The Ayrshiremen who had advised Burns were little acquainted with the local soils, with the required manures, with the local markets, etc. These friends had estimated his rental at Ayrshire rates, so contrary to his landlord's good intentions, Burns may have ended up paying more rental for Ellisland than Ellisland could produce. By the end of 1790 Burns had decided that Ellisland was 'altogether a ruinous business'.[24]

Burns auctioned his crops, getting a Guinea an acre, on 25 August. At Martinmas, 11 November 1791, the Burns family left Ellisland Farm and moved into the town of Dumfries six miles (10 km) away.[25] About thirty people had attended the auction or roup and the levels of drunkenness led to Burns recording that Such a scene of drunkenness was hardly ever seen in this country.

Ellisland after Burns (1791–1921)[edit]

Patrick Miller sold the farm outright for £1900 to John Morin of Laggan, the adjacent property.[19][26] In 1805 Morin sold Ellisland to a Mr Taylor who dismantled and remodelled the steading, although the farmhouse is much as it was in Burns's time. The parlour is thought to have remained unchanged. Burns's favourite line from Pope An honest man's the noblest work of God, was engraved on a window pane, although this was vandalised with a piece of flint about March 1876. Ellisland was farmed until 1921.[27]

The Ellisland Poetry, Songs and Letters[edit]

After meeting and befriending Captain Francis Grose (1731–91) at Friars' Carse, Burns agreed to write a poem in exchange for the author including Kirk Alloway in his new book on Scottish Antiquities. Burns's poem was his self-avowed masterpiece Tam o'Shanter,[28] sent to Francis Grose on 1 December 1790; appearing in The Edinburgh Magazine in March 1791 and in Grose's second volume of his Antiquities a month later.[29]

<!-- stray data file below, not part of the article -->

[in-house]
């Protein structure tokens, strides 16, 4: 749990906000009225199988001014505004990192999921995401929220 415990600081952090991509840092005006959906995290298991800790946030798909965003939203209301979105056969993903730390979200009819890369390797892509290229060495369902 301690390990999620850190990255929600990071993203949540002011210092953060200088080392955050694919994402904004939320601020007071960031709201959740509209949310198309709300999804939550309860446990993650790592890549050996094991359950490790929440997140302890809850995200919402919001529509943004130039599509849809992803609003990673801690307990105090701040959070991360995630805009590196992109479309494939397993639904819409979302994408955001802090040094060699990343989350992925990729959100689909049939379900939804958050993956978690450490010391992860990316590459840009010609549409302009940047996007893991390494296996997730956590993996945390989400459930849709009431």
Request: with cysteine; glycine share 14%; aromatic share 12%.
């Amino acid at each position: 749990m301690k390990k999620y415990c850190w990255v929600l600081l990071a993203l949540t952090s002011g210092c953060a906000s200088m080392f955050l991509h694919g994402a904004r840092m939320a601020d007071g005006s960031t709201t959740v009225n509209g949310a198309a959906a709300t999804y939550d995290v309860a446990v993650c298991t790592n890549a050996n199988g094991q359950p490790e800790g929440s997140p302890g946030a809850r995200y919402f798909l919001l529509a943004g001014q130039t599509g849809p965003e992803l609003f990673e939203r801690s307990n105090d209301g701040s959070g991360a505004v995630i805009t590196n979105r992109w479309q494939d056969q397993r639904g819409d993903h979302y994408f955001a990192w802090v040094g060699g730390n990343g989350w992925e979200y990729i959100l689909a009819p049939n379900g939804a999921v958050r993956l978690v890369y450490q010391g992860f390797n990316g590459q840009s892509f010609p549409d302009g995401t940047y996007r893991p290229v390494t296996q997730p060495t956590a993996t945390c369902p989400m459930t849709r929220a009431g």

Tam o'Shanter wearing his bonnet and sitting astride his horse Meg

Burns's Auld Lang Syne was written at Ellisland, the first version being sent to Mrs Dunlop on 17 December 1788. Burns said in a letter to Mrs Dunlop: ... is not the Scotch phrase Auld lang syne exceedingly expressive? There is an old song and tune which has often thrilled through my soul. You know I am an enthusiast in old Scotch songs. I shall give you the verses on the other sheet... Light be the turf on the breast of the heaven-inspired poet who composed this glorious fragment! There is more of the fire of native genius in it than in half a dozen of modern English Bacchanalians.[30]

During his relatively short stay at Ellisland, Burns wrote over 130 songs and poems, which amounts to about a quarter of his total output. He was working as an exciseman and a farmer but he also managed to write around 230 letters, his total extant letters amounting to 700 letters.[31] The drinking song Willie Brew'd a Peck o'Maut was written during this time, set to music by Allan Masterton.[32]

William Lorimer was a farmer, living two miles (3 km) away from Ellisland at Kemmishall or Kemys Hall. William's daughter Jean (1775–1808) was a frequent visitor to Ellisland and Burns wrote about twenty-four songs for this lass of the lintwhite locks. These songs were amongst his finest and he often referred to Jean under the poetic monica of Chloris.[16]

In the stack yard Burns composed Mary in Heaven.[1]

Burns wrote many passionate letters to Mrs Agnes Craig McLehose, his 'Clarinda'. Agnes, known as Nancy to her friends, was married and Nancy met Burns at a tea-party in 1787. The pair were instantly attracted to each other and for a time they met frequently, talked and wrote letters to one another using the names 'Clarinda' for Nancy and 'Sylvander' for Burns. The love affair played itself out in letters written between December 1787 and December 1791. Robert's passion for Clarinda inspired one of his most famous love songs, 'Ae Fond Kiss'.[33]